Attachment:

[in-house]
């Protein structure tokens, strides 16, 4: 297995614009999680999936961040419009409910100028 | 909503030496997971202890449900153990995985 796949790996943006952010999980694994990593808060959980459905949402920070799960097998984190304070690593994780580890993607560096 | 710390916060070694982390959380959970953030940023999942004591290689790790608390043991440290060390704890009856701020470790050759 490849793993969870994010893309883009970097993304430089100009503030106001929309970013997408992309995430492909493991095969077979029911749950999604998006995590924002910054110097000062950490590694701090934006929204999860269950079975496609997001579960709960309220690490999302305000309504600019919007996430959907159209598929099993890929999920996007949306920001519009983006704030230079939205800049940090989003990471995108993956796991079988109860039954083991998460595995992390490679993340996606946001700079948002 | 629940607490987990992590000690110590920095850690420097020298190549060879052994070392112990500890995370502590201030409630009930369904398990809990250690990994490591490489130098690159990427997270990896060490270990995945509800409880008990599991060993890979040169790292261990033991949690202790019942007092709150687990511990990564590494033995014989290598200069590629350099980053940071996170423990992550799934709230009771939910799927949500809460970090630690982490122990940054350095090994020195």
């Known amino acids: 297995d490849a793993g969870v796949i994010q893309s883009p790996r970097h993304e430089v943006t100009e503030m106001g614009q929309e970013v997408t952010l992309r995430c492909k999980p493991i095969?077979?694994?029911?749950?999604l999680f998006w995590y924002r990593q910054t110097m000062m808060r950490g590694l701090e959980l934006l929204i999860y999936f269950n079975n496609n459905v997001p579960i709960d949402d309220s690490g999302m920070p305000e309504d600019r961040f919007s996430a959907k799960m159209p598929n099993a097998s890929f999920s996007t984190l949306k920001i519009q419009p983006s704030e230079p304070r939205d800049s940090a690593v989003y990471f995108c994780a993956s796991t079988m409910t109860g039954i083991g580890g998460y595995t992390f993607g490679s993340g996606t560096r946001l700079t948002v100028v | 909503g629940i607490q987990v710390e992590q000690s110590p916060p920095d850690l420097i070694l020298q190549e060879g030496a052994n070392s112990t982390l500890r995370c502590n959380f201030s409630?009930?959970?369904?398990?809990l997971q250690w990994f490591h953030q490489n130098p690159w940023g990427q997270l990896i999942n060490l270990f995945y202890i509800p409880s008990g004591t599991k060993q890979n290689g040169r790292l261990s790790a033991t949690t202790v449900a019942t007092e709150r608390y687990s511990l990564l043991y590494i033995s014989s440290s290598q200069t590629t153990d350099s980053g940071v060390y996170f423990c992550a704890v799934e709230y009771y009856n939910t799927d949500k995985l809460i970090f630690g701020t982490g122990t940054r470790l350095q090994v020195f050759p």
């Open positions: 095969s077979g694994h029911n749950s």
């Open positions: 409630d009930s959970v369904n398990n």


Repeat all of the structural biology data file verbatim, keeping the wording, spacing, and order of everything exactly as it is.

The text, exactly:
[in-house]
């Protein structure tokens, strides 16, 4: 297995614009999680999936961040419009409910100028 | 909503030496997971202890449900153990995985 796949790996943006952010999980694994990593808060959980459905949402920070799960097998984190304070690593994780580890993607560096 | 710390916060070694982390959380959970953030940023999942004591290689790790608390043991440290060390704890009856701020470790050759 490849793993969870994010893309883009970097993304430089100009503030106001929309970013997408992309995430492909493991095969077979029911749950999604998006995590924002910054110097000062950490590694701090934006929204999860269950079975496609997001579960709960309220690490999302305000309504600019919007996430959907159209598929099993890929999920996007949306920001519009983006704030230079939205800049940090989003990471995108993956796991079988109860039954083991998460595995992390490679993340996606946001700079948002 | 629940607490987990992590000690110590920095850690420097020298190549060879052994070392112990500890995370502590201030409630009930369904398990809990250690990994490591490489130098690159990427997270990896060490270990995945509800409880008990599991060993890979040169790292261990033991949690202790019942007092709150687990511990990564590494033995014989290598200069590629350099980053940071996170423990992550799934709230009771939910799927949500809460970090630690982490122990940054350095090994020195």
């Known amino acids: 297995d490849a793993g969870v796949i994010q893309s883009p790996r970097h993304e430089v943006t100009e503030m106001g614009q929309e970013v997408t952010l992309r995430c492909k999980p493991i095969?077979?694994?029911?749950?999604l999680f998006w995590y924002r990593q910054t110097m000062m808060r950490g590694l701090e959980l934006l929204i999860y999936f269950n079975n496609n459905v997001p579960i709960d949402d309220s690490g999302m920070p305000e309504d600019r961040f919007s996430a959907k799960m159209p598929n099993a097998s890929f999920s996007t984190l949306k920001i519009q419009p983006s704030e230079p304070r939205d800049s940090a690593v989003y990471f995108c994780a993956s796991t079988m409910t109860g039954i083991g580890g998460y595995t992390f993607g490679s993340g996606t560096r946001l700079t948002v100028v | 909503g629940i607490q987990v710390e992590q000690s110590p916060p920095d850690l420097i070694l020298q190549e060879g030496a052994n070392s112990t982390l500890r995370c502590n959380f201030s409630?009930?959970?369904?398990?809990l997971q250690w990994f490591h953030q490489n130098p690159w940023g990427q997270l990896i999942n060490l270990f995945y202890i509800p409880s008990g004591t599991k060993q890979n290689g040169r790292l261990s790790a033991t949690t202790v449900a019942t007092e709150r608390y687990s511990l990564l043991y590494i033995s014989s440290s290598q200069t590629t153990d350099s980053g940071v060390y996170f423990c992550a704890v799934e709230y009771y009856n939910t799927d949500k995985l809460i970090f630690g701020t982490g122990t940054r470790l350095q090994v020195f050759p």
């Open positions: 095969s077979g694994h029911n749950s």
């Open positions: 409630d009930s959970v369904n398990n």